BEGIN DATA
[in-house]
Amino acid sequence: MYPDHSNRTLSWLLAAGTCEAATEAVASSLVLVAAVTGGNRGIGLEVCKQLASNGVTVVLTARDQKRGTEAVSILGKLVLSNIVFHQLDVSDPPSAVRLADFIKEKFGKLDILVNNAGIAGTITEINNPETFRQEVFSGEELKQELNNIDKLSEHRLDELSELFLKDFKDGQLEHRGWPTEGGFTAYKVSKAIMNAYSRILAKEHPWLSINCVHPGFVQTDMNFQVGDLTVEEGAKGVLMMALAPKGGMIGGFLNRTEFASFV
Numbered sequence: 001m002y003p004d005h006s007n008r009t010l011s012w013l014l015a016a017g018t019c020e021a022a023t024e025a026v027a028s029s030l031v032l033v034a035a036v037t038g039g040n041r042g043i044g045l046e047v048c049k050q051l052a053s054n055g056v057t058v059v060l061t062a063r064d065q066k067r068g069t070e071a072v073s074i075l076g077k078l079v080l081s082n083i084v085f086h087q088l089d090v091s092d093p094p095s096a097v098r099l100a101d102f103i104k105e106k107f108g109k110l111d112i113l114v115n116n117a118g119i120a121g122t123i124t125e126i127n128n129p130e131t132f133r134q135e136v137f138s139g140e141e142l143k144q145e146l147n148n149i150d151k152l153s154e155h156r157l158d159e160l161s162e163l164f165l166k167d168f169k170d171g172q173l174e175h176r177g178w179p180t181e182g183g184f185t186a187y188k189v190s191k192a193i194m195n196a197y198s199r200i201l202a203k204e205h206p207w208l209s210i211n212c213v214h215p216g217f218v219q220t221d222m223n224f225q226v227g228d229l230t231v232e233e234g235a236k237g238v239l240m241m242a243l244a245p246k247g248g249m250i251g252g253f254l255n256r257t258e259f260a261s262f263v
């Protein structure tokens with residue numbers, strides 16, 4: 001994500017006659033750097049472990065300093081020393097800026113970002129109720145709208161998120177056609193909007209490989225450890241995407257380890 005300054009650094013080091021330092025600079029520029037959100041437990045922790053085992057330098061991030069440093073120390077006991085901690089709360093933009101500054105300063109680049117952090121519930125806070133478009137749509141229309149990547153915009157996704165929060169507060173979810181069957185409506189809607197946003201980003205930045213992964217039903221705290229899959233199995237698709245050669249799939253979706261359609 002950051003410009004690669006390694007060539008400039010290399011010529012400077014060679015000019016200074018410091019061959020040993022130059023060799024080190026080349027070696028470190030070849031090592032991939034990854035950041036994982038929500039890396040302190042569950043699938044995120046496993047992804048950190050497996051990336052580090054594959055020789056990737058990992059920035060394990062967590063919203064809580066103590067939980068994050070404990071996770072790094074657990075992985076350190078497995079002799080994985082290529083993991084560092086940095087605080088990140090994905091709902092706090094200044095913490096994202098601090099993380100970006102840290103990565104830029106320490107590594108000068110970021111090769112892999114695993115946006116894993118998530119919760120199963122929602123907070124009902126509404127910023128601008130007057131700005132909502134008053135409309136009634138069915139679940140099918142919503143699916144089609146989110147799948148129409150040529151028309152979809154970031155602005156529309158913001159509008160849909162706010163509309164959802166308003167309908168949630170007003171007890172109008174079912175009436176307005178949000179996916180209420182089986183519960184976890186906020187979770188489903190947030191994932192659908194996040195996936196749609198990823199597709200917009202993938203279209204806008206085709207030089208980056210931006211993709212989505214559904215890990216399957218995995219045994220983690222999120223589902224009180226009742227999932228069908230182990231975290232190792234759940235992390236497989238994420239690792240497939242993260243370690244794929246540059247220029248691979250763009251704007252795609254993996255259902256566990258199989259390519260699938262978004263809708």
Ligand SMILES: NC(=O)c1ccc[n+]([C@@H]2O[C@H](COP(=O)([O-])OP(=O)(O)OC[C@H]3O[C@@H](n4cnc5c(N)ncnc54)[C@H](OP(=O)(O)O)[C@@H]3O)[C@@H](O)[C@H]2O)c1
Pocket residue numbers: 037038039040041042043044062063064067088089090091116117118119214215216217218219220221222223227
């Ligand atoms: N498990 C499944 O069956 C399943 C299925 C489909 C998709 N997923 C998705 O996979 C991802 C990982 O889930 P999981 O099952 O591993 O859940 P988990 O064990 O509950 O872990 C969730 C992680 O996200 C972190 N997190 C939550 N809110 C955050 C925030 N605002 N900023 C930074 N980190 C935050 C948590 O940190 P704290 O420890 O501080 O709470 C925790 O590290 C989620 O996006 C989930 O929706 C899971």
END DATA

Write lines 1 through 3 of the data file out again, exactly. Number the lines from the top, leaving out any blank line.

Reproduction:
[in-house]
Amino acid sequence: MYPDHSNRTLSWLLAAGTCEAATEAVASSLVLVAAVTGGNRGIGLEVCKQLASNGVTVVLTARDQKRGTEAVSILGKLVLSNIVFHQLDVSDPPSAVRLADFIKEKFGKLDILVNNAGIAGTITEINNPETFRQEVFSGEELKQELNNIDKLSEHRLDELSELFLKDFKDGQLEHRGWPTEGGFTAYKVSKAIMNAYSRILAKEHPWLSINCVHPGFVQTDMNFQVGDLTVEEGAKGVLMMALAPKGGMIGGFLNRTEFASFV
Numbered sequence: 001m002y003p004d005h006s007n008r009t010l011s012w013l014l015a016a017g018t019c020e021a022a023t024e025a026v027a028s029s030l031v032l033v034a035a036v037t038g039g040n041r042g043i044g045l046e047v048c049k050q051l052a053s054n055g056v057t058v059v060l061t062a063r064d065q066k067r068g069t070e071a072v073s074i075l076g077k078l079v080l081s082n083i084v085f086h087q088l089d090v091s092d093p094p095s096a097v098r099l100a101d102f103i104k105e106k107f108g109k110l111d112i113l114v115n116n117a118g119i120a121g122t123i124t125e126i127n128n129p130e131t132f133r134q135e136v137f138s139g140e141e142l143k144q145e146l147n148n149i150d151k152l153s154e155h156r157l158d159e160l161s162e163l164f165l166k167d168f169k170d171g172q173l174e175h176r177g178w179p180t181e182g183g184f185t186a187y188k189v190s191k192a193i194m195n196a197y198s199r200i201l202a203k204e205h206p207w208l209s210i211n212c213v214h215p216g217f218v219q220t221d222m223n224f225q226v227g228d229l230t231v232e233e234g235a236k237g238v239l240m241m242a243l244a245p246k247g248g249m250i251g252g253f254l255n256r257t258e259f260a261s262f263v